With WTI prices set to languish at around $50 per barrel ($/bbl) through 2020, crude oil output is expected to slow sharply.  U.S. supply surprised to the upside in the previous downturn in 2015 and 2016 by (1) doubling capital efficiency via operational and well performance improvements while having lower absolute base declines and (2) turning to very accommodative debt and equity markets to outspend cash flow.  Post the previous downturn, U.S. upstream productivity and most efficiencies have leveled off, and investor sentiment will no longer tolerate outspending cash flows. With neither of these options available for the foreseeable future, upstream spending will be cut quicker, and less productive upstream assets will be impacted from these cuts and their crude oil, natural gas, and natural gas liquids (NGL) production streams will fall faster.

Rig counts have been dropping precipitously throughout the first three quarters of 2019 in response to investor pressure and the above noted crude oil and natural gas market fundamentals.  The IHS Markit WTI oil price outlook for 2020 and 2021 is $52/bbl and $48/bbl, respectively, with the outlook improving only slightly to $55/bbl in 2022.  Under this price expectation, U.S. upstream operators will be pushed to a familiar cost cutting environment and doing more with less, reminiscent of 2017 pricing.  However, in 2017, the U.S. upstream industry received an additional $15 billion from investors to fund operations; this support is no longer available.

Thus, the next two years are likely to be more dire for U..S producers than what has been experienced thus far in the price downturn.  The outlook for propane and other NGLs as a byproduct of oil and natural gas production will follow and could lead to U.S. propane market tightness and lower days of forward supply for late 2020 and further into 2021 and 2022.  The situation will continue to be monitored and monthly U.S. propane forecasts adjusted accordingly.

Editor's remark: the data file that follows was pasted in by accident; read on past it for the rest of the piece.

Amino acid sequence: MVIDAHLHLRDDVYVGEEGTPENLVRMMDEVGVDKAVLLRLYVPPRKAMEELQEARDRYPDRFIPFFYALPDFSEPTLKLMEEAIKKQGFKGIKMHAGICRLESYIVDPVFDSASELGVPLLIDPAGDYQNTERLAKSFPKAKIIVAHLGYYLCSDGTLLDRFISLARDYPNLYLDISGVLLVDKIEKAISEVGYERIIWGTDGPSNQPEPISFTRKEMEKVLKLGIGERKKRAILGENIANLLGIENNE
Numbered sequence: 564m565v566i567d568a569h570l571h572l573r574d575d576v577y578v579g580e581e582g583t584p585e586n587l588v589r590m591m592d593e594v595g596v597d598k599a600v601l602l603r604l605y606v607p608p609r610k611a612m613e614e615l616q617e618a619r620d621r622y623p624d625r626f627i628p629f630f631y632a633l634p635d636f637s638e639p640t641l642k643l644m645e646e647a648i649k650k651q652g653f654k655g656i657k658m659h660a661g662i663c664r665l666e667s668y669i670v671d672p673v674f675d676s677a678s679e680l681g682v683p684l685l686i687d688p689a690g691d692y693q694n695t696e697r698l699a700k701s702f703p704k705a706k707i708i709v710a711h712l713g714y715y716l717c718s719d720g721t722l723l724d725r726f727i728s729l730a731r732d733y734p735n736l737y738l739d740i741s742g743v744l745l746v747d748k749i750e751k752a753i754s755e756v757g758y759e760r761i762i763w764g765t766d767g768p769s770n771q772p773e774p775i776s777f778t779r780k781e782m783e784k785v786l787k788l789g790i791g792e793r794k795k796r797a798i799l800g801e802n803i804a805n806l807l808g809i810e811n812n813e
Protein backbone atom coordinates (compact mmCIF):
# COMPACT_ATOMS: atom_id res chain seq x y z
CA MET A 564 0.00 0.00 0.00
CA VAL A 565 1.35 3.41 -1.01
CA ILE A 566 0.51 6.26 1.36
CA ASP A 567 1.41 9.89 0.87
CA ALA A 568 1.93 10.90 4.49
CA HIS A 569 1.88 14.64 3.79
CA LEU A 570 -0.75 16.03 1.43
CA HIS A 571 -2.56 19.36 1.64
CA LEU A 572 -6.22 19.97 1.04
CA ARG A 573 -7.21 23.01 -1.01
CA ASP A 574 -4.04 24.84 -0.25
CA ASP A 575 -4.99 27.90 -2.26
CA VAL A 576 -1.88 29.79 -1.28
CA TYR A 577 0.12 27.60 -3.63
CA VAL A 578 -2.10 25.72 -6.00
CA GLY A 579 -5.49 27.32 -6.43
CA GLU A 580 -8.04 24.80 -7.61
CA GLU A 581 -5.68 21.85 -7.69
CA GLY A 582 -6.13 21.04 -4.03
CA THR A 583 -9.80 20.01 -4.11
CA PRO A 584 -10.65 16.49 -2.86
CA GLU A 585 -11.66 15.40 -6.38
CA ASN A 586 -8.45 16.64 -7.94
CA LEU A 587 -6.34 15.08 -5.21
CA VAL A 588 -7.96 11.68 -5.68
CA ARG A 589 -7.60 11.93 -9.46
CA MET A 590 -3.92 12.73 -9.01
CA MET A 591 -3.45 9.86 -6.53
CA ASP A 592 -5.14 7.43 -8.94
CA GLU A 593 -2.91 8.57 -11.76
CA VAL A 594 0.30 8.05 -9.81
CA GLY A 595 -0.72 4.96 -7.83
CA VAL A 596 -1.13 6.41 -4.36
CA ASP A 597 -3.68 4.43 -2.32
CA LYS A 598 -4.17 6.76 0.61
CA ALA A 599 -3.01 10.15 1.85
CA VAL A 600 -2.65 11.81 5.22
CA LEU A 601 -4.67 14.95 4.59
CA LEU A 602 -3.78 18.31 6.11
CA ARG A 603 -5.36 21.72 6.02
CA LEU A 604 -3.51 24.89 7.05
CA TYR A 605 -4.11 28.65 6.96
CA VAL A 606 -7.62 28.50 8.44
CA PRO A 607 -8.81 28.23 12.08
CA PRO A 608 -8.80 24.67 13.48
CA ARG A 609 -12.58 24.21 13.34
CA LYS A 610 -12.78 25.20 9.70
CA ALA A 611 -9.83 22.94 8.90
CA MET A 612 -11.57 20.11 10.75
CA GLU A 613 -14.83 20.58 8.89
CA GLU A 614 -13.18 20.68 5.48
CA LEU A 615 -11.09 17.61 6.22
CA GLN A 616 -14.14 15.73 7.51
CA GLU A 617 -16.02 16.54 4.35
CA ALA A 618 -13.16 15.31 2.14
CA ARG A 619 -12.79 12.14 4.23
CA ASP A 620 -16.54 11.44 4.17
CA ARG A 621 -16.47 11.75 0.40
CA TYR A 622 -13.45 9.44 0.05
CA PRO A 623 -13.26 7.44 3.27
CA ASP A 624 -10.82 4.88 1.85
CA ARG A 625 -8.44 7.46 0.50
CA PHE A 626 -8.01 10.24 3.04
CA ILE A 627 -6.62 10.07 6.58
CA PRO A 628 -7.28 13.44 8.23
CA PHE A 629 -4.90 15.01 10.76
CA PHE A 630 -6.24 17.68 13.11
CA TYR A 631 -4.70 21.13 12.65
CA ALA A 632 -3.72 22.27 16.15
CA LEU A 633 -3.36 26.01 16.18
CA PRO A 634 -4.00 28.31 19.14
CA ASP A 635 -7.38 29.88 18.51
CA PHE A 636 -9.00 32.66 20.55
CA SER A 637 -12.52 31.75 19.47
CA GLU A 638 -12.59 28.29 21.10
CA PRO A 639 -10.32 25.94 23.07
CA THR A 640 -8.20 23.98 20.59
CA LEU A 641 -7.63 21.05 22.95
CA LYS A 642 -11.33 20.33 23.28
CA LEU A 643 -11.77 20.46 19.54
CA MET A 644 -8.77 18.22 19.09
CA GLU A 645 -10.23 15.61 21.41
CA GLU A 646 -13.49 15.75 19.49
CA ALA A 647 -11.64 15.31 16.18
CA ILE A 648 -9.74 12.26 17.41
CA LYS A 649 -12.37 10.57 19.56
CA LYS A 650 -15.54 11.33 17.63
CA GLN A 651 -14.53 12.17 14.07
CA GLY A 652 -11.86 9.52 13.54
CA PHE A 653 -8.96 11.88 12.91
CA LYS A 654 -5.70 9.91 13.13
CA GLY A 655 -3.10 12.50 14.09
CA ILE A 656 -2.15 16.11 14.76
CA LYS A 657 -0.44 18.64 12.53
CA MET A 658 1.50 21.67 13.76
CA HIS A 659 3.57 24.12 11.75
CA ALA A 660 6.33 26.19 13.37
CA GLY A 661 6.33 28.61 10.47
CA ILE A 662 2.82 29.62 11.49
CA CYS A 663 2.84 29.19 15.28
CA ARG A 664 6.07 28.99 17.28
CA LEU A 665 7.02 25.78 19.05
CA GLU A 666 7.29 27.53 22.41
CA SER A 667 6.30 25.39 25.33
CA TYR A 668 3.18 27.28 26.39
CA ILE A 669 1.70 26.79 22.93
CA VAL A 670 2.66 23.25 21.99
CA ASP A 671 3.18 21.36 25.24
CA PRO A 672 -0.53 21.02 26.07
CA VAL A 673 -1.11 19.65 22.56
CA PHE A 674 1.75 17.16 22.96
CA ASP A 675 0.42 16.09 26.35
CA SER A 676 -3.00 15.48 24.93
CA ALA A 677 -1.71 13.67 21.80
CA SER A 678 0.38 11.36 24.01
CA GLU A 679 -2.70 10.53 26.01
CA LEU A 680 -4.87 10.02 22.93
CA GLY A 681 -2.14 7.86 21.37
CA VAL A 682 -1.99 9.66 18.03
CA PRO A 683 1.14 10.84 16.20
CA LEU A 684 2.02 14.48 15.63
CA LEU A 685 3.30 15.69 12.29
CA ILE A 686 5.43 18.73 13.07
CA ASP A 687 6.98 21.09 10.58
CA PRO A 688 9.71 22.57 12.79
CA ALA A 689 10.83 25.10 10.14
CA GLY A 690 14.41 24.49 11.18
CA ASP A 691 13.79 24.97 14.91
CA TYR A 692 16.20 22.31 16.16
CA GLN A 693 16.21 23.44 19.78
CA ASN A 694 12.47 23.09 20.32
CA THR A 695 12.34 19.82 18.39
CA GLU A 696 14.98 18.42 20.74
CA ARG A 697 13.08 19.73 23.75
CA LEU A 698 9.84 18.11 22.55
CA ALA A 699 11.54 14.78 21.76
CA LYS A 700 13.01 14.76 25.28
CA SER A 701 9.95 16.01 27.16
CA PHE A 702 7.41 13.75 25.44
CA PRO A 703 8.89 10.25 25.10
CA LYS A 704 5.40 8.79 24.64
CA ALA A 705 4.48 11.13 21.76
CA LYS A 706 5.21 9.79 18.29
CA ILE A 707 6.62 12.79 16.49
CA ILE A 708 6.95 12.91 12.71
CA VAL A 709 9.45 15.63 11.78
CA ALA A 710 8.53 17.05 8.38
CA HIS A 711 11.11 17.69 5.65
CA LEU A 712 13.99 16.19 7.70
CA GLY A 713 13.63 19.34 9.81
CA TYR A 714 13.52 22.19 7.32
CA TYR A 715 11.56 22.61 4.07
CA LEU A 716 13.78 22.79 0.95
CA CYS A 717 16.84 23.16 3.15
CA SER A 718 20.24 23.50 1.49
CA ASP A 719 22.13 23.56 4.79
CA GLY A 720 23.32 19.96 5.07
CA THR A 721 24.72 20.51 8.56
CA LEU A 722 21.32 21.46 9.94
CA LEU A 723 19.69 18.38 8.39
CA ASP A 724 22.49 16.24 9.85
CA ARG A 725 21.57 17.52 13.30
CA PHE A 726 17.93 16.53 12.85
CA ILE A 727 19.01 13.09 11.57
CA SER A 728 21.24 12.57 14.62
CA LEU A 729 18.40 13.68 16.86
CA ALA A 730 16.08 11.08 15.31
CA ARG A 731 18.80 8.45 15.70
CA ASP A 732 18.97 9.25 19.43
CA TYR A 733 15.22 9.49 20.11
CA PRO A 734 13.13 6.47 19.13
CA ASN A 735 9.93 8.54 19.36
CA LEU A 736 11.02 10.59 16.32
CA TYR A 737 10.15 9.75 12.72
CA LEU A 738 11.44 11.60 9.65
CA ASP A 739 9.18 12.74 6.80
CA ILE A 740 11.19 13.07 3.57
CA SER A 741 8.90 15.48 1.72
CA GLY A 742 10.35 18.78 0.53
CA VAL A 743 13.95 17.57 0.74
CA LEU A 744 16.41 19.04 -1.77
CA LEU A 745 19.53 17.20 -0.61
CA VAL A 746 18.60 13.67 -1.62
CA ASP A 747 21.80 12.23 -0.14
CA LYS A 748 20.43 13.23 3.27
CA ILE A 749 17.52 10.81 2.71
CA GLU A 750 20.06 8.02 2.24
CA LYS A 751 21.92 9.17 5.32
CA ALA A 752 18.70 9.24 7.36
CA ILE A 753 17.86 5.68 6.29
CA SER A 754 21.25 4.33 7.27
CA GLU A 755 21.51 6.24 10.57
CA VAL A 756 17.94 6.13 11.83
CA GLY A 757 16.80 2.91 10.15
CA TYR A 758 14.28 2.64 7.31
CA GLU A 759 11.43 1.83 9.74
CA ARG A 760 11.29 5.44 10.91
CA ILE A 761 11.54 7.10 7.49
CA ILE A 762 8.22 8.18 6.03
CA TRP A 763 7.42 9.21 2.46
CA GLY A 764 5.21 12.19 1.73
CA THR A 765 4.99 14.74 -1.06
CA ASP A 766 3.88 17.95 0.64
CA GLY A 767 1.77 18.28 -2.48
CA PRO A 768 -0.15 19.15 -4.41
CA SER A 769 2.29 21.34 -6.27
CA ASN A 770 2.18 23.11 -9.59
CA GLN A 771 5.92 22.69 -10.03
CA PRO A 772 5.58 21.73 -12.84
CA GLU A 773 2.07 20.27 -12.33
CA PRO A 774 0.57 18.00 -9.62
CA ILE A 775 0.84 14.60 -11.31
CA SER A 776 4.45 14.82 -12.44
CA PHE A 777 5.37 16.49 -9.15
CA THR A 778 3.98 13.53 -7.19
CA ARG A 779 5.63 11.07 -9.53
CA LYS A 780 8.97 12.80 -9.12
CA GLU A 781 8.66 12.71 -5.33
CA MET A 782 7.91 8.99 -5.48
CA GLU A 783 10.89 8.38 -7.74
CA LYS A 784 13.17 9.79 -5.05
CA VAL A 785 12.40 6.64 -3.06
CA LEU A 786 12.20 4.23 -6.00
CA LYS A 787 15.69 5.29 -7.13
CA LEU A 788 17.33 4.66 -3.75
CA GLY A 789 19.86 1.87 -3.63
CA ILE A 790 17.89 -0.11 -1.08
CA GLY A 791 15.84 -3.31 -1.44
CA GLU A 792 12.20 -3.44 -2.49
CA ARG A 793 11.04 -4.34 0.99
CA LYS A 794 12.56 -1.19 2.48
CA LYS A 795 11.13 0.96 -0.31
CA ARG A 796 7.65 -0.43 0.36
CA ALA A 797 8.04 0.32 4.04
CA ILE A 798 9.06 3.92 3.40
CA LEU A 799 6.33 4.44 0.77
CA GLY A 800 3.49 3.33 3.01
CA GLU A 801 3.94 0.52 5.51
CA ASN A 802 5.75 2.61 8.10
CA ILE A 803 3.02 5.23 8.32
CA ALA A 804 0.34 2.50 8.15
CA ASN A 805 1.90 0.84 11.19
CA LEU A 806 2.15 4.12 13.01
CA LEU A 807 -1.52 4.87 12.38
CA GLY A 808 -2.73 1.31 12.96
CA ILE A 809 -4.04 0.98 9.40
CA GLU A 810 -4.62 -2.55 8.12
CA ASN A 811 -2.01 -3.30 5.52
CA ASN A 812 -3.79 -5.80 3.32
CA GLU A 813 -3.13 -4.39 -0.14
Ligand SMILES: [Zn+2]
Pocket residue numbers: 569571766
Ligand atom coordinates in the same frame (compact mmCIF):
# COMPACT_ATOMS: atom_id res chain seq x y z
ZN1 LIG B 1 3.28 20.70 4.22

Factors Affecting Domestic Inventories

 Domestic propane supply is affected by primarily four factors (Exports, Petrochemical Demand, Crop Drying and Weather).  

  1. Exports - Exports have become one of the largest factors impacting inventories, especially in PADD 3, the Gulf Coast area.  As export terminals continue to be constructed in the Gulf Coast, this factor will play a larger role in overall domestic inventory.
  2. Petrochemical Demand – Since the domestic supply situation is improving with more production coming from the shale regions, petrochemical companies will continue to rely on natural gas liquids (NGLs) as their primary feedstock.
  3. Crop Drying – Agriculture continues to be the largest industry in the US.  Propane plays a critical role in removing moisture from crops to avoid spoilage in storage.  When crops have high moisture content, propane supply is affected significantly over a relatively short period of time.  In the fall of 2013, agriculture in the Midwestern states alone consumed over 325M gallons of propane.  This significant draw on supply did not allow inventories to recover all winter.
  4. Winter Weather – One of the smallest primary inventory sectors is PADD 1, which covers the Northeast and Middle Atlantic areas of the country.  Extended cold weather can have a significant impact on supply availability. Propane continues to be a primary fuel as a heat source in this part of the country.



When discussing prebuy options with our customers, it is our belief that you should sell what you buy and buy what you sell.  Most traders will readily admit that they cannot predict what the market will do.  As a retailer, we believe the same holds true.  When it comes to prebuy positions, you should be evenly hedged.  Prebuys can provide a nice hedge for those customers looking to lock in gallons and pricing for the year.  Please let us know if you are interested in this program.